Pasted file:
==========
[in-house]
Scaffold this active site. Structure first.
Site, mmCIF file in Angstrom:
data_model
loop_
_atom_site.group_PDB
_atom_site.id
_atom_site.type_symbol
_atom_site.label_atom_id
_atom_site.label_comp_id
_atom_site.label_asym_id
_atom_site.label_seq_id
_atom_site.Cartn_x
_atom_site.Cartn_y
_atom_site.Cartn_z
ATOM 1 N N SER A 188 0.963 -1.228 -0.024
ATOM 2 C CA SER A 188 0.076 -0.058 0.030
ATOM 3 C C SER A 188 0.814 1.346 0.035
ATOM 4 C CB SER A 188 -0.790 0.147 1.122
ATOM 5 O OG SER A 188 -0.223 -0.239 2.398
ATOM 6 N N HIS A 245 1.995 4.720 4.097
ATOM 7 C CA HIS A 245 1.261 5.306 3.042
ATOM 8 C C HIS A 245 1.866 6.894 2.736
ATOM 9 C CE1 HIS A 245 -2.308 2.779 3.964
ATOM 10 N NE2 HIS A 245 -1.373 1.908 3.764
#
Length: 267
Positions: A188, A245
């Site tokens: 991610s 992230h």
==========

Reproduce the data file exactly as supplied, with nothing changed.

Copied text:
[in-house]
Scaffold this active site. Structure first.
Site, mmCIF file in Angstrom:
data_model
loop_
_atom_site.group_PDB
_atom_site.id
_atom_site.type_symbol
_atom_site.label_atom_id
_atom_site.label_comp_id
_atom_site.label_asym_id
_atom_site.label_seq_id
_atom_site.Cartn_x
_atom_site.Cartn_y
_atom_site.Cartn_z
ATOM 1 N N SER A 188 0.963 -1.228 -0.024
ATOM 2 C CA SER A 188 0.076 -0.058 0.030
ATOM 3 C C SER A 188 0.814 1.346 0.035
ATOM 4 C CB SER A 188 -0.790 0.147 1.122
ATOM 5 O OG SER A 188 -0.223 -0.239 2.398
ATOM 6 N N HIS A 245 1.995 4.720 4.097
ATOM 7 C CA HIS A 245 1.261 5.306 3.042
ATOM 8 C C HIS A 245 1.866 6.894 2.736
ATOM 9 C CE1 HIS A 245 -2.308 2.779 3.964
ATOM 10 N NE2 HIS A 245 -1.373 1.908 3.764
#
Length: 267
Positions: A188, A245
């Site tokens: 991610s 992230h």